Sculptures & Happenings


Galschiøts Work

Here you will find an overview of Galschiøt's works sorted by year, from the first installation. Many of Galschiøt's works are regularly used and exhibited around the world. We constantly update each page so you can keep up with the latest exhibitions and happenings that each sculpture features.

If you want to see the latest activities of Galschiøt, you can get an overview on the News page.


Bannerlithographs - 2023

While China ensures that the Pillar of Shame remains locked inside a container in Hong Kong, artist Jens Galschiøt is printing banners featuring the Pillar of Shame. He sends these banners to exiled Chinese, Hong Kongers in exile, and sympathizers all over the world.

On the day of the Tiananmen Massacre, June 4th, the banners are used to commemorate the massacre in a massive global manifestation.

#QATAR6500 - 2022

As an art happening, highlighting human rights violations in QATAR in relation to the 2022 FIFA World Cup, Jens Galschiøt has created a necklace adorned with 6500 skulls, representing each migrant worker who tragically lost their life while preparing for the World Cup.

Additionally, thousands of skull-bracelets have been crafted to be worn as a protest during the World Cup. This project is developed in collaboration with the Danish radio station Radio 24syv.


Who is the Samaritan? - 2022

"Who is the Samaritan?" is a work of art based on"Spartacus Avenue", which according to history was an avenue of crucified rebels."

Who is the Samaritan?" aims to shed light on the lost democratic battles, e.g. in Syria, Libya and Afghanistan. The artwork draws parallels to the west. Many of those who lost the fight for democracy and human rights in their homeland are persecuted by their regime. But when they try to escape, the west closes its borders and eyes, and lets them drown in the Mediterranean.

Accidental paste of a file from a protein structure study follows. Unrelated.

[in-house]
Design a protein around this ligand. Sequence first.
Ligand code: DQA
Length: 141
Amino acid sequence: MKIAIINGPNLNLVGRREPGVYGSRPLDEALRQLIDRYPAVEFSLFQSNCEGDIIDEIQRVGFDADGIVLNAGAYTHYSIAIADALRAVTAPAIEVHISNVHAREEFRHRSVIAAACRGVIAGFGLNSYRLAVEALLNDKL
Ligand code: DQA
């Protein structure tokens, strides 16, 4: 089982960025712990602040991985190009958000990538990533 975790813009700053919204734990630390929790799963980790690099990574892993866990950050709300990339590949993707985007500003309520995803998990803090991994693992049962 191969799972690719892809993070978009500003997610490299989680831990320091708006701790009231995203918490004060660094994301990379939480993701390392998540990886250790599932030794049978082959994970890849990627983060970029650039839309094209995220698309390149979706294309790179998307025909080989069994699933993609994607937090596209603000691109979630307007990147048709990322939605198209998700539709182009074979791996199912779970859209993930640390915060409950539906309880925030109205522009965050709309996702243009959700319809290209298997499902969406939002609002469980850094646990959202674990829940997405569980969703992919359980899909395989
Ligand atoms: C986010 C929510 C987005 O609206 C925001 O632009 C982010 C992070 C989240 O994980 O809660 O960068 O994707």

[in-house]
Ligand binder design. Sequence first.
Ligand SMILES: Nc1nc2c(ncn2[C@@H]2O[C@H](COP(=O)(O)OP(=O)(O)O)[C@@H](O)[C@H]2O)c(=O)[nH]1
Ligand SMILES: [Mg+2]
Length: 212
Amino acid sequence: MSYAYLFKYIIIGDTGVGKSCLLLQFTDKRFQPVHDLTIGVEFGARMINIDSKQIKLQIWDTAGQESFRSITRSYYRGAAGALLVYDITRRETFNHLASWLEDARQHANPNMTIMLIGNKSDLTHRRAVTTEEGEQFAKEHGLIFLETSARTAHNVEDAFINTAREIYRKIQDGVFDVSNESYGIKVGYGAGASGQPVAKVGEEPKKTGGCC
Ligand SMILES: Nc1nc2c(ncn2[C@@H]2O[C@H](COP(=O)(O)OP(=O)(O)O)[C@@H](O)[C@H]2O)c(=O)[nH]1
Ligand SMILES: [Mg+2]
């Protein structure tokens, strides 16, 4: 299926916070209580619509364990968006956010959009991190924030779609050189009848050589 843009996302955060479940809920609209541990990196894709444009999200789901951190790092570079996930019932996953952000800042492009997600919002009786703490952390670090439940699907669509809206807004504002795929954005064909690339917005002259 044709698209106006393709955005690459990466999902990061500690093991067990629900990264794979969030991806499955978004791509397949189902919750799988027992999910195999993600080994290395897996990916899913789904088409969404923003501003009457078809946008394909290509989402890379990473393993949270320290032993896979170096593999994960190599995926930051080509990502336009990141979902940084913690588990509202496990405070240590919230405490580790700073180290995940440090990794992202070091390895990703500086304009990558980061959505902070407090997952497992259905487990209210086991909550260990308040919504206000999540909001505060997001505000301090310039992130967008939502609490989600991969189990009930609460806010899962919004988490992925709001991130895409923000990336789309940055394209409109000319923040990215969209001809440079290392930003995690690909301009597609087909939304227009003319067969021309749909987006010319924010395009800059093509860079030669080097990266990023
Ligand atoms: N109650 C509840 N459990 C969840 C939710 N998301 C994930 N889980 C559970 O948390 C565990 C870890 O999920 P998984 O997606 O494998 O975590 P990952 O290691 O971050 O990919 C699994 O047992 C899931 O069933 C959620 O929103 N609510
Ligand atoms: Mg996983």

Dante enters into dialogue with the 21st century - 2021

Galschiøt has crafted an art installation aiming to bridge the gap between Dante Alighieri (1265-1321) and his life and ideas, with the contemporary world of the 21st century.

Galschiøt's intention is to encourage the sculptures to engage in a dialogue with the viewers, reflecting on the experience of living in a modern, vibrant city like Copenhagen.


Solar cells at Gallery Galschiøt - 2020

Jens Galschiøt has created a series of sculptures featuring solar collectors, with the purpose of funding a sustainable transformation of Gallery Galschiøt.

It is our plan to install approximately 2,000 m2 of solar panels on the roofs of Galleri Galschiøt. With this setup, we would be able to generate 300,000 Kilo Watts (kW) per year, resulting in saving the world around 120 tons of CO2 emissions annually.


A rose to imprisoned woman - 2020

Jens Galschiøt has named this art piece after Yasaman, an Iranian activist advocating for women's right to decide how they want to dress. The proceeds from the sale of these artworks are being directed to support Amnesty's work in Iran.

Roadsign - 2019

In 2019, an artistic motorway sign was installed on the Danish E45 highway, marking the location of Gallery Galschiøt.

The sign itself serves as a captivating piece of art, showcasing selected works by Galschiøt. Among the depicted artworks are Survival of the Fattest, H.C. Andersen in Queer Times, Unbearable, Pillar of Shame, Freedom to Pollute, In God's Name, and My Inner Beast.


To commemorate the 25th anniversary of "My Inner Beast," Jens Galschiøt has initiated a street art project featuring sculptures titled 'Don't Feed Your Inner Beast.' These sculptures have been installed in various locations worldwide and are accompanied by the hashtag #DON'TFEEDYOURINNERBEAST.


Fuck Double Standards - 2018

"Fuck Double Standards" is a sculptural commentary on politicians who have consistently reduced development aid by billions over the years, all the while boasting about raising millions for the same cause.

The artwork was sold at an auction and fetched a total of DKK 47,775, including fees, for the united Danish appeal for funds in 2018.

Homo Sapiens - 2018

The sculpture installation consists of 22 unique copper sculptures, that vary in height from 180 cm to 225 cm.

These sculptures are characterized by their sketchy modeling, featuring fine details and an almost organic surface. Some of them prominently display significant portions of the human body, while others seem to dissolve into the material, creating an intriguing interplay between form and substance. The sculptures exist in a limbo between construction and deconstruction.

COP 23 - 2017

For the Bonn Climate Summit in 2017, Jens Galschiøt created art installations throughout the city to highlight the climate crisis from various angels.


Burka happening - 2018